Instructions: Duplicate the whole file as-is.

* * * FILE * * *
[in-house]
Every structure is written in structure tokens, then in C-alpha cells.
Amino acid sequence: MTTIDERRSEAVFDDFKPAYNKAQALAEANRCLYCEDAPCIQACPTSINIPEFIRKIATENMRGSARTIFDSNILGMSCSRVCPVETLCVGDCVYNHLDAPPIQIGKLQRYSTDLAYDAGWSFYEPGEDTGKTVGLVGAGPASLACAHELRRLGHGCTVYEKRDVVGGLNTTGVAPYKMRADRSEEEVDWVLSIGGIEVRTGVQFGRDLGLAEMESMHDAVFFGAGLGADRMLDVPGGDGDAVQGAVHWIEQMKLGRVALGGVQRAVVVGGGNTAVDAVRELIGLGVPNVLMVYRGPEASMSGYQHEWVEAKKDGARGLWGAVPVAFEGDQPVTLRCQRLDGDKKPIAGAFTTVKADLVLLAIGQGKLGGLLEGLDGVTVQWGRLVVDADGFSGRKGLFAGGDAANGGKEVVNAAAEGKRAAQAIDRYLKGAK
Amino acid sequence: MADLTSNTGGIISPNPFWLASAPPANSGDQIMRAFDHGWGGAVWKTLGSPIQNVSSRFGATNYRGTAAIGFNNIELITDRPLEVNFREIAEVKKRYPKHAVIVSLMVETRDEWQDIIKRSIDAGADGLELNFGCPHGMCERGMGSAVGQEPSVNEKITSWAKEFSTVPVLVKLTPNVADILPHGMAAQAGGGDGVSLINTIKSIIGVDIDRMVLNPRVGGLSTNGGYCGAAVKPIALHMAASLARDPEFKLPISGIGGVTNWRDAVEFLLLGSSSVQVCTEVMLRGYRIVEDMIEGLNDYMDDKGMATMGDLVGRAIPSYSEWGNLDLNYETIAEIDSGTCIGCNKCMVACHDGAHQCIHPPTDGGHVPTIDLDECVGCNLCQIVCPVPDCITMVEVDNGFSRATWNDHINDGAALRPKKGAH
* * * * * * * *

[in-house]
Every structure is written in structure tokens, then in C-alpha cells.
Amino acid sequence: MTTIDERRSEAVFDDFKPAYNKAQALAEANRCLYCEDAPCIQACPTSINIPEFIRKIATENMRGSARTIFDSNILGMSCSRVCPVETLCVGDCVYNHLDAPPIQIGKLQRYSTDLAYDAGWSFYEPGEDTGKTVGLVGAGPASLACAHELRRLGHGCTVYEKRDVVGGLNTTGVAPYKMRADRSEEEVDWVLSIGGIEVRTGVQFGRDLGLAEMESMHDAVFFGAGLGADRMLDVPGGDGDAVQGAVHWIEQMKLGRVALGGVQRAVVVGGGNTAVDAVRELIGLGVPNVLMVYRGPEASMSGYQHEWVEAKKDGARGLWGAVPVAFEGDQPVTLRCQRLDGDKKPIAGAFTTVKADLVLLAIGQGKLGGLLEGLDGVTVQWGRLVVDADGFSGRKGLFAGGDAANGGKEVVNAAAEGKRAAQAIDRYLKGAK
Amino acid sequence: MADLTSNTGGIISPNPFWLASAPPANSGDQIMRAFDHGWGGAVWKTLGSPIQNVSSRFGATNYRGTAAIGFNNIELITDRPLEVNFREIAEVKKRYPKHAVIVSLMVETRDEWQDIIKRSIDAGADGLELNFGCPHGMCERGMGSAVGQEPSVNEKITSWAKEFSTVPVLVKLTPNVADILPHGMAAQAGGGDGVSLINTIKSIIGVDIDRMVLNPRVGGLSTNGGYCGAAVKPIALHMAASLARDPEFKLPISGIGGVTNWRDAVEFLLLGSSSVQVCTEVMLRGYRIVEDMIEGLNDYMDDKGMATMGDLVGRAIPSYSEWGNLDLNYETIAEIDSGTCIGCNKCMVACHDGAHQCIHPPTDGGHVPTIDLDECVGCNLCQIVCPVPDCITMVEVDNGFSRATWNDHINDGAALRPKKGAH